This piece was published as part of the News’ 2022 Lifting Up Latinx Identity special issue, celebrating Latinx Heritage Month from Sep. 15 to Oct. 15.
The terminology used to describe people of Latin American or Hispanic descent has become increasingly confusing for people in the Latinx community and others alike.
The term “Hispanic,” historically the most popular, refers to any descendant of Spanish-speaking communities in the Americas and Spain. According to an infographic by Sebastian Ramírez Feune for the Harvard Institute of Politics, the term “Hispanic” is a complicated one — serving as more of a linguistic label that includes most Latin American countries as well as the African country of Equatorial Guinea, another nation with colonial ties to Spain. The term does not refer to all Latin people, only the Spanish-speaking ones, and has received backlash recently because of its ties to Spanish colonization. Many Latin people feel that the United States Census Bureau imposed the label Hispanic on all Latin immigrants, regardless of nation of origin or language spoken.
The term “Latino” encompasses all Latin people with roots in Latin America, which includes Portuguese-speaking Brazilians and Haitian-Creole-speaking Haitians, but not Spanish-speaking Spaniards.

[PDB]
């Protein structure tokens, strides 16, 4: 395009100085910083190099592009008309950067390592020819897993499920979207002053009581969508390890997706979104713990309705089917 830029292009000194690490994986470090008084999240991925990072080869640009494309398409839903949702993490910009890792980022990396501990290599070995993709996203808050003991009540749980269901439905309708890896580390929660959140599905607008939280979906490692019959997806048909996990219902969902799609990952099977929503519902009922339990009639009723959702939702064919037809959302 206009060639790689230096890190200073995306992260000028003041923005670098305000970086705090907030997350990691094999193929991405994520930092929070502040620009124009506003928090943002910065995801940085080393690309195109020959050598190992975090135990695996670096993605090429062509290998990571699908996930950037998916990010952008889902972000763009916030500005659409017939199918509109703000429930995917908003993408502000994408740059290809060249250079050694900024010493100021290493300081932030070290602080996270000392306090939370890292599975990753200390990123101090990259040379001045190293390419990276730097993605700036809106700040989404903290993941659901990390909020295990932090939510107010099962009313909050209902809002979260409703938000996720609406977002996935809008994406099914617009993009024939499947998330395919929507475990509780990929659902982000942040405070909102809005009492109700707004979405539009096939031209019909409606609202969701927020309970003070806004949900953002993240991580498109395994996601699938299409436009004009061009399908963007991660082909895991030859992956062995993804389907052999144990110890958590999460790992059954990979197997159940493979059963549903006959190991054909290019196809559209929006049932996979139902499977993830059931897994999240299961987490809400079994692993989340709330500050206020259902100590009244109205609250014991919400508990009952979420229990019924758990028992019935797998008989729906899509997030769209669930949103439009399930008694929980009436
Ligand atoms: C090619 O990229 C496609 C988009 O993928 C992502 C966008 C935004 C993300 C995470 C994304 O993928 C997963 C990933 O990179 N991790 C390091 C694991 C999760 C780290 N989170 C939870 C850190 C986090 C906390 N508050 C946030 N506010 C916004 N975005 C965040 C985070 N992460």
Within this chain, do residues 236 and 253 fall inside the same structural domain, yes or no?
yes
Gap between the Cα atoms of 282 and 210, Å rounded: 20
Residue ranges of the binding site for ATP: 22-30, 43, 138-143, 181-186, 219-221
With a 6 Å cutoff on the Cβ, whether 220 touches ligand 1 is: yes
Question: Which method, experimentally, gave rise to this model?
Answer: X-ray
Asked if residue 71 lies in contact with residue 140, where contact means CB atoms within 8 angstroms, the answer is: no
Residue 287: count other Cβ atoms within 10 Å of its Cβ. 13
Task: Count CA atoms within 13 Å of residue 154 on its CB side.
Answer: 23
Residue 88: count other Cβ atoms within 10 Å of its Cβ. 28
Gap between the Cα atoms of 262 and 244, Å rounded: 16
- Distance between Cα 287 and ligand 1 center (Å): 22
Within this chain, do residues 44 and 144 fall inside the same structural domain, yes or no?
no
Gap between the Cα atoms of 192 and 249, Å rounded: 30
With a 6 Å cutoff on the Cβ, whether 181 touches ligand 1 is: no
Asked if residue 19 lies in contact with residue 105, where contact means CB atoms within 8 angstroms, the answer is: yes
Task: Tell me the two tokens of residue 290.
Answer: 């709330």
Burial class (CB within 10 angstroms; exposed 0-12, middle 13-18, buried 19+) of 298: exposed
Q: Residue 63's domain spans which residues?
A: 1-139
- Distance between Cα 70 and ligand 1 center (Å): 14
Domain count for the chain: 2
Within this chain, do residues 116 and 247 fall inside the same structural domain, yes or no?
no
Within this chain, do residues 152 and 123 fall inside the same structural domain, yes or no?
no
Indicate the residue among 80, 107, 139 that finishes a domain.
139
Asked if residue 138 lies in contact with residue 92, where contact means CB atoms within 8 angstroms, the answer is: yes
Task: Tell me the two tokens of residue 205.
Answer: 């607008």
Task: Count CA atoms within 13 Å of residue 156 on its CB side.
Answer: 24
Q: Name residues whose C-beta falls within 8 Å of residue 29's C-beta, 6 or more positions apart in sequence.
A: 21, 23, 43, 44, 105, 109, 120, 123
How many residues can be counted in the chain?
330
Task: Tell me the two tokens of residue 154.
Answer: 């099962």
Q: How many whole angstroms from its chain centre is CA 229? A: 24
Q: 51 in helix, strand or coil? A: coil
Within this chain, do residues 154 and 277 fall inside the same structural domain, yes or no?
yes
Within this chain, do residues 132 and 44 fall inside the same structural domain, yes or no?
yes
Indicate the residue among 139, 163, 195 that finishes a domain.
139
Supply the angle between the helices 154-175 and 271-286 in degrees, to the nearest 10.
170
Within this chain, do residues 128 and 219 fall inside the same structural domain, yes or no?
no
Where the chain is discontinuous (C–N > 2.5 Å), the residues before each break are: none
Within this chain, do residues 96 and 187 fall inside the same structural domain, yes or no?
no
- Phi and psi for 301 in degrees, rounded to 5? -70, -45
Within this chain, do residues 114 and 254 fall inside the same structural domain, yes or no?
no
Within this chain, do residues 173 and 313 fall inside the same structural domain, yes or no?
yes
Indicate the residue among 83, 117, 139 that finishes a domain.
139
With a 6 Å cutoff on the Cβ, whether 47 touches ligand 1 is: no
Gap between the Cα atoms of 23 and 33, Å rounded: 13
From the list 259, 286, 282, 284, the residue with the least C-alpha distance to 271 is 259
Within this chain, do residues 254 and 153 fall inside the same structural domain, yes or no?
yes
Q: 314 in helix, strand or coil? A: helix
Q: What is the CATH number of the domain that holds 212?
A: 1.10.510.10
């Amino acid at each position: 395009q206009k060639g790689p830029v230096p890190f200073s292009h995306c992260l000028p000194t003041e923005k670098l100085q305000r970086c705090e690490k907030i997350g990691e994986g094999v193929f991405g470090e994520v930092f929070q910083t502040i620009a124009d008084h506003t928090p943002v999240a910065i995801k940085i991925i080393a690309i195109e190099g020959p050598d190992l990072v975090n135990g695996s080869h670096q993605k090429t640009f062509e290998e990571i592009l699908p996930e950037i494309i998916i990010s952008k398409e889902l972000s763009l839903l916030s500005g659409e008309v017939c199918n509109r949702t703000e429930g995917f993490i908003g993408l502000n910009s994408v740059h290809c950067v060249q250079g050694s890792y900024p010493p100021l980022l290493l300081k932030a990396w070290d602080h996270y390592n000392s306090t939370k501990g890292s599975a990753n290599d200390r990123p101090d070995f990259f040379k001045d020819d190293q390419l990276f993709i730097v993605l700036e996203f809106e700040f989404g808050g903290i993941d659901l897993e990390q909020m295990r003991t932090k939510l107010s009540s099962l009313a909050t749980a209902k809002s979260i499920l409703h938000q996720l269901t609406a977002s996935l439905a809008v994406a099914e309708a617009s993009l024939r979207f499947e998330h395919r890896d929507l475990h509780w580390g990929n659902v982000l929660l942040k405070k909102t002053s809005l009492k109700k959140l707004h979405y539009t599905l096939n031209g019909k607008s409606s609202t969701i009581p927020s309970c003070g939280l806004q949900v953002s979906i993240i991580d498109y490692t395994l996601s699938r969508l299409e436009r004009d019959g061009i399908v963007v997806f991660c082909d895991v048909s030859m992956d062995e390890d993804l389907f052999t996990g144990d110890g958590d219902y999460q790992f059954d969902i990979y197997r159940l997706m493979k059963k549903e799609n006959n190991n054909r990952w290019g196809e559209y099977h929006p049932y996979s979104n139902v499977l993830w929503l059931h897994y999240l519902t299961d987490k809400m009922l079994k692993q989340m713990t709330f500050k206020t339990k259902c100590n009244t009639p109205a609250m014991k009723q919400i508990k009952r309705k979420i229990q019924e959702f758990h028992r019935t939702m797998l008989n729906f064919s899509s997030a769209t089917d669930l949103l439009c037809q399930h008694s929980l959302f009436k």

But in recent years, the term “Latino,” too has faced criticism for being inherently male-gendered. “Latina,” its counterpart, only refers to those of the same background who identify as female.
One gender-neutral term to describe someone of Latin American descent is “Latinx.” About one-in-four U.S. Hispanics have heard of the term, and only 3 percent use it, according to a Pew Research study from 2020. Yet the Spanish language is naturally gendered and conflicts with gender-neutral terms arising from the usage of “Latinx.” The use of “x” to replace the “o” in “Latino” is seen with disdain by many in the community, as they feel it crosses a line — anglicizing an identity label to the point where, for many, it loses its meaning and cannot be pronounced within the Spanish language.
A solution that some use is “Latine” — another gender-neutral term that can be used in lieu of “Latinx” — as it aims to remove the gender binary found in the general Spanish language by using the neutral “e” to end the term instead of an “a” or “o,” while still preserving the linguistic norms of Spanish. This term then opens the door to gender-neutralizing all Spanish nouns by replacing the “a’s” and “o’s” with “e’s,” and it is easier to pronounce and acclimate into the Spanish language and grammar. Many still disagree with this proposition because of the old linguistic traditions of “o’s” and “a’s” that the Spanish language has upheld for hundreds of years, considering the appending of an “e” to be antithetical to the language.
The University and La Casa Cultural, which describes itself as Yale’s Latino Cultural Center, refer to this month of recognition as Latinx Heritage Month. For that reason, the News has decided to use the gender-neutral term “Latinx”. Though we choose to adhere to what the University and La Casa use in the present, the News wants to recognize that each of these terms has its own set of pros and cons and should not be used interchangeably.
PALOMA VIGIL is a sophomore in Pauli Murray College from Miami, Florida. She can be reached at email@example.com .